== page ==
Looking at the same graph with a dimmed background of the distance past 36.6 meters, or 40 yards, you can see that most of the distance is acceleration, but the first third of the race most of the work is done going from a stationary position to gaining as much speed as possible. When people talk about fast athletes, the specifics should explain what type of speed the athlete has. Speed can be maximal, their ability to accelerate or overcome inertia, or their ability to even decelerate and accelerate again (change of direction). Some athletes have one or two strengths and are average in one, but some excel in all three abilities. In Track usually the fastest athletes win the races, but at high levels the genetic playing field is rather even, so all components of the race distance, including specific speed endurance at the end comes to play. While an NFL athlete may sometimes run the length of a field in rare occasions, track athletes always run the length of the race barring injury or false starting. It’s important to know that while Bolt may have the best 40m in the world, he is focusing on having the best 200m as well. Time, energy, and focus is on not only the 100, so it should be noted that track athletes are excelling in a distance that is part of their race, no the entirety of a test. While a 60m event is available during the indoor season to elite sprinters, some don’t compete at all during that time period. If a 40 yard dash was the Olympic event, we would see times faster than the splits we are seeing in the first 36.6 meters of the 100m.
Predicting NFL Combine Performance
To recreate what Bolt could most likely do if he was to be participating in the NFL combine, we would need to take his running times performed historically and convert that performance to the timing methods that they are using, such as human start and electronic finish. So instead of adding a reaction time at the end, we will subtract the time that the starter. Reaction times are highly individual and ranges exist to what is average. The problem with giving a specific time, say a tenth, is that Mark Gorsack has all the cards to the fate of the end time if he is incredibly sharp or should have had his morning cup of coffee. Let’s for the sake of argument assign a tenth of a second, something close to what the research says, to the reaction time of Mark. This means, after the time is calculated from the 30-40m acceleration curve, we subtract 0.1 to get Bolt’s “NFL Combine Performance” in order to replicate the timing conditions.
Usain Bolt 100 meter Splits
Above are the 100m splits of Usain Bolt from Berlin at the 2009 World Championships. At 30m he is about 3.78 and at 40 he was estimated to be 4.64. The fastest 40m ever run is by Usain Bolt, so while at 30m Michael Green may have had a step (actually a toe) on Usain, 6.6 meters later he was caught and passed slightly. No to get too complicated with the mathematics, each step the athlete is accelerating faster and faster, but not perfectly, so we can only estimate what Usain bolt was doing based on calculations. The most logical approach is to use the data from Berlin and create a model that has a line similar to one of best fit. Even the most advanced calculations are only going to be an estimate, and we will be only rounding to the nearest hundredth. Based on the data, it’s estimated that Bolt ran a 3.63 for his 30m minus the reaction time. Now the real question is what was he at 40 yards exactly. Splits every ten meters appear linear, but even the small segment of ten meters still has a curve. Even if one calculates the time at 36.6 meters it’s still an estimate, and most conclude 0.556 to 0.582 is realistic based on the time segment from 30m to 40m.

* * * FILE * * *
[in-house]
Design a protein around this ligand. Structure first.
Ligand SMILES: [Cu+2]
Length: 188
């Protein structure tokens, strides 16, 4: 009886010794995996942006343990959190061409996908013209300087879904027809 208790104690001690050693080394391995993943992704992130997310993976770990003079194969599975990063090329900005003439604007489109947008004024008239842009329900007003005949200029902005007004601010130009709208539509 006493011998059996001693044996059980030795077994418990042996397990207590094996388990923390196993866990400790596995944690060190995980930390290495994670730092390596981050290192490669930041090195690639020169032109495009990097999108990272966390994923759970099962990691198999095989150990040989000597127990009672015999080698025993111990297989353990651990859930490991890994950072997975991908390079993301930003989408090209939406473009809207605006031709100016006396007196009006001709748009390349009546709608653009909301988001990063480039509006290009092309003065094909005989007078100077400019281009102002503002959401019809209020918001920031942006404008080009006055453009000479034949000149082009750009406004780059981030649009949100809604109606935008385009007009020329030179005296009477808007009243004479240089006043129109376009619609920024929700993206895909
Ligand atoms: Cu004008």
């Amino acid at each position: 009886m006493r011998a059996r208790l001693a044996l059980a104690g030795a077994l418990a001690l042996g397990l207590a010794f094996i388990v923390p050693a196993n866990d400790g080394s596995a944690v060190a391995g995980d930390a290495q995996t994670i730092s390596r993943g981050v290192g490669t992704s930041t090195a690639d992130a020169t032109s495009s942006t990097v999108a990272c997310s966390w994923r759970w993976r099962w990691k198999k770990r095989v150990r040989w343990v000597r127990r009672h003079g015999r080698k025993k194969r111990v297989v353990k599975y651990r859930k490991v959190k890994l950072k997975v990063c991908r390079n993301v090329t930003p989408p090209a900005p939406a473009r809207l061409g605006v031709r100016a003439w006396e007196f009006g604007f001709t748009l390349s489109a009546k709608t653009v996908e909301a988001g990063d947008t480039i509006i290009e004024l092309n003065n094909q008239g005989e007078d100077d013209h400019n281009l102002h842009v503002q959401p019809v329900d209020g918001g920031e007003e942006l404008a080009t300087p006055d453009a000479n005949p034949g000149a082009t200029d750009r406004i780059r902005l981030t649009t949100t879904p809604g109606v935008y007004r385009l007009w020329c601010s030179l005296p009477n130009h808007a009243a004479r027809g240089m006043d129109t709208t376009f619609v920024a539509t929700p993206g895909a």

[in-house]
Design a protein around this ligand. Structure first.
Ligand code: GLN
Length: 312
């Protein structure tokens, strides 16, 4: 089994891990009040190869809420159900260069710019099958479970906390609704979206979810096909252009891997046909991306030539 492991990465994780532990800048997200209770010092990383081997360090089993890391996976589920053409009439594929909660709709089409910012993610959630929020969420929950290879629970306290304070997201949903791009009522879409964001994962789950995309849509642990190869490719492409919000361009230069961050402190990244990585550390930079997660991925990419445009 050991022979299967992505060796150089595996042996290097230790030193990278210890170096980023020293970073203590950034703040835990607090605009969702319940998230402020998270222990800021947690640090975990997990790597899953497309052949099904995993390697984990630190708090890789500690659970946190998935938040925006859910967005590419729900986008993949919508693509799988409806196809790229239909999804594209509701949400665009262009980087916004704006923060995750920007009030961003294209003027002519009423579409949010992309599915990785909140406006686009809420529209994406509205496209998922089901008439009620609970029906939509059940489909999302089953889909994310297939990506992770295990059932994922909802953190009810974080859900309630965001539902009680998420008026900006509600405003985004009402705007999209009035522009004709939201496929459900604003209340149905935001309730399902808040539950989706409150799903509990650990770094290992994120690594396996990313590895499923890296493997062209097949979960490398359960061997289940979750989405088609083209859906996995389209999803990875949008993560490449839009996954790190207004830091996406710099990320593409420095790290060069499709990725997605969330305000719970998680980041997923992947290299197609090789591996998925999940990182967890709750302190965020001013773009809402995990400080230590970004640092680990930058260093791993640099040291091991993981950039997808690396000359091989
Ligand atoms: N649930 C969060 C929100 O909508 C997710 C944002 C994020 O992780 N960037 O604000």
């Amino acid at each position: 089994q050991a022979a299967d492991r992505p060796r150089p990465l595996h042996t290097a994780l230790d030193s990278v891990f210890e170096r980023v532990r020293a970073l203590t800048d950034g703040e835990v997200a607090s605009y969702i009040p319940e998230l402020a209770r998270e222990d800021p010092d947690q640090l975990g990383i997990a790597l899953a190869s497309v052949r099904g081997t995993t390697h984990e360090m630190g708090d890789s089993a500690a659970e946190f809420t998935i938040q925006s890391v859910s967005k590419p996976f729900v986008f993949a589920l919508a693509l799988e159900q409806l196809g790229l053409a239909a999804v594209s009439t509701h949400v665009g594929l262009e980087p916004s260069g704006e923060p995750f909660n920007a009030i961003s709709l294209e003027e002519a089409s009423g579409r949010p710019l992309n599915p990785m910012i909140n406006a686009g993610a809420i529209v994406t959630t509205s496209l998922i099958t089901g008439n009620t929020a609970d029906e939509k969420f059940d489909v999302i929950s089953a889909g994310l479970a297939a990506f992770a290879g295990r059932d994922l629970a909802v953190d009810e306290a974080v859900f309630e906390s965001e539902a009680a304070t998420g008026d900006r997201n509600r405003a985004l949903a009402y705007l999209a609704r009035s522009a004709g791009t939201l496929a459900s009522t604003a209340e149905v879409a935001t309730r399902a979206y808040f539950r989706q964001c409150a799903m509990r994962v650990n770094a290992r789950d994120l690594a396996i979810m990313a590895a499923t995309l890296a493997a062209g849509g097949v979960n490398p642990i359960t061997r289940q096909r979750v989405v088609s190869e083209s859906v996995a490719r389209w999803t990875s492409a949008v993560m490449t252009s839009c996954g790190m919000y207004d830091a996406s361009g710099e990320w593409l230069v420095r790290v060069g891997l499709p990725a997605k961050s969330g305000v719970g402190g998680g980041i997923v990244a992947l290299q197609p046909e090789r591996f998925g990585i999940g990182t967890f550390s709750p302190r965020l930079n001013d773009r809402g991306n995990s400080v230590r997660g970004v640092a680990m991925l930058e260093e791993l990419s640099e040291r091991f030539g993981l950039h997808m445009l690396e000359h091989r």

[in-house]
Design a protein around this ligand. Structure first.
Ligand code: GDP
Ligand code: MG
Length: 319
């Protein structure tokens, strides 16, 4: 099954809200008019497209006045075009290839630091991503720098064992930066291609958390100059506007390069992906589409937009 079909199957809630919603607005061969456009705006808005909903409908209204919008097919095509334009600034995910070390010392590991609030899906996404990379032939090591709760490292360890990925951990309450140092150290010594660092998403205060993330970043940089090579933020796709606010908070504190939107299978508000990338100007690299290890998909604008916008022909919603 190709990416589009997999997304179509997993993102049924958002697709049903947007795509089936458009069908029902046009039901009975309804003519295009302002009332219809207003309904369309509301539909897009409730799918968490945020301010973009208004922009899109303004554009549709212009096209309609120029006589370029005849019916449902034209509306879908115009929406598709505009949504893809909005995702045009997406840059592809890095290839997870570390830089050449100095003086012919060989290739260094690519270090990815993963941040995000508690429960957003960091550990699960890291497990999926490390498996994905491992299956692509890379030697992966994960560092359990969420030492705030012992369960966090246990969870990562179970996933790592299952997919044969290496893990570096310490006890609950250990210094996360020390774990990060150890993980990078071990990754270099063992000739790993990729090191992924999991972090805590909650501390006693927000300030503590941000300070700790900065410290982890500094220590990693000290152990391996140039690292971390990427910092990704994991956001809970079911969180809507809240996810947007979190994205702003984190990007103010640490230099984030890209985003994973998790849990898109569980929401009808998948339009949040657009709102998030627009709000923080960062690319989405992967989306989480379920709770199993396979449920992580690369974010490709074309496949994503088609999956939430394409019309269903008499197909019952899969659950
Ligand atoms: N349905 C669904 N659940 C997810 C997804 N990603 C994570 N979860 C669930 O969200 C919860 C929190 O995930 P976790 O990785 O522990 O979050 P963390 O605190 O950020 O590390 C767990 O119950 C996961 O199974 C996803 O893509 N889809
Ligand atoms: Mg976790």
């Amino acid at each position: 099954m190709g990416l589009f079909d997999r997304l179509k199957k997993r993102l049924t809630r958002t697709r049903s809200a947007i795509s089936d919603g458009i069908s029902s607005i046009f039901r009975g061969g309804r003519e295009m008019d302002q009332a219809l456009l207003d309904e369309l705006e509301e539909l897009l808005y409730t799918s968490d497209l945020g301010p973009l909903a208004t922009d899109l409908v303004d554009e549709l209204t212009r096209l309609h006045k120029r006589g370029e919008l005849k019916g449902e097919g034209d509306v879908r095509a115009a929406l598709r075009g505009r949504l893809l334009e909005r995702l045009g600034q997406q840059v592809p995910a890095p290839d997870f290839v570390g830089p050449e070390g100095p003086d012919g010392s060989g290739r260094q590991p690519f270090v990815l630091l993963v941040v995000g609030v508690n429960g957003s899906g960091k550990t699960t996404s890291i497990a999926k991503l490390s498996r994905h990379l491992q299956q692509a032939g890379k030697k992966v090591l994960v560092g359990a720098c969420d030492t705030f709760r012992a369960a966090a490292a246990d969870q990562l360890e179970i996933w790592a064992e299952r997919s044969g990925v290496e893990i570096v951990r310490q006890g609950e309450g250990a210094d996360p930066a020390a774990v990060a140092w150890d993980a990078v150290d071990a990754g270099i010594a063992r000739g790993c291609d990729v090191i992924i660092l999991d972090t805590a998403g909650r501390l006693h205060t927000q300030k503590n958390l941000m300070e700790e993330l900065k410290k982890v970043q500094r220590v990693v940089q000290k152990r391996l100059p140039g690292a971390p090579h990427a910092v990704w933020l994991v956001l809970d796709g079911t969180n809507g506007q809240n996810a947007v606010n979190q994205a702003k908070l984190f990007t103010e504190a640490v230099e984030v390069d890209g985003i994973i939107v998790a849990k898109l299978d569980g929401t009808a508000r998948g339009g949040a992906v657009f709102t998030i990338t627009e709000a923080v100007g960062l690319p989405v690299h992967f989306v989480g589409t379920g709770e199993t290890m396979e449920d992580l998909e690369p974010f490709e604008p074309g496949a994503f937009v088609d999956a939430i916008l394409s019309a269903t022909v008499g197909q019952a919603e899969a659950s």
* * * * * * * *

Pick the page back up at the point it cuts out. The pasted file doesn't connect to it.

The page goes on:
Adding 0.571 to the 3.63 time segment to get a 40 yard dash running time is about 4.20, and that includes no reaction time subtraction of the timer from the combine. While it hard to know what the true reaction time of the timer is, conservative estimate is about 4.10 by removing 0.1 or a tenth. If the timing was completely hand time, meaning a stop watch, removing the accepted 0.24 from 4.20 would equate to about 3.96, or a sub 4, a level no football player would match. All of this is accepting that the same fast track surface, spikes, and blocks are used. What about other surfaces, footwear, and starting without blocks?
The most obvious question people have is running on grass versus running on a hard fast track, such as the most recognized Mondo surface. While tracks are faster, the surface at the NFL combine has gone from AstroTurf to a rolled surface. Showing they wanted to preserve the speed at Indianapolis. We can assume that the slope is zero, since some surfaces reportedly have been a degree or more to artificially inflate times. We will give Indianapolis a level playing field literally. The next question is spikes versus a small cleat or trainer. The athletes are using a specialized running shoe, and the advantage spikes have compared are hardly measurable but for the sake of argument we can add a few hundredths to bolts time. While blocks add an advantage, the research on difference between blocks and no blocks is murky and several videos of sprinters accelerating very effectively. In fact Alan Wells, a gold medalist from 1980, who until the Olympic Games was successful without starting blocks as he was not using them until a rule change forced him to use the equipment. The three variables may decrease the performance of Usain Bolt slightly, but one counter is the fact that no sprinter is specializing in the first 30-40 meters only, and if so that would likely offset the performance slightly, perhaps neutralizing the blocks. For argument sake I will add in a few hundredths, but still, a sub 4 second performance is possible with hand timing on a non-grass surface.
In conclusion, the specific method and equipment clearly has an impact with the times athletes will produce in 40 yard dash testing, and the uniqueness of the NFL combine creates a controversy in the true speed of athletes. After sharing the evidence of what Usain is capable, we should give credit to both sets of athletes, track sprinters as well as NFL players.
A special thanks to PJ Vazel for his vast knowledge on split times and historical details with the championship performances.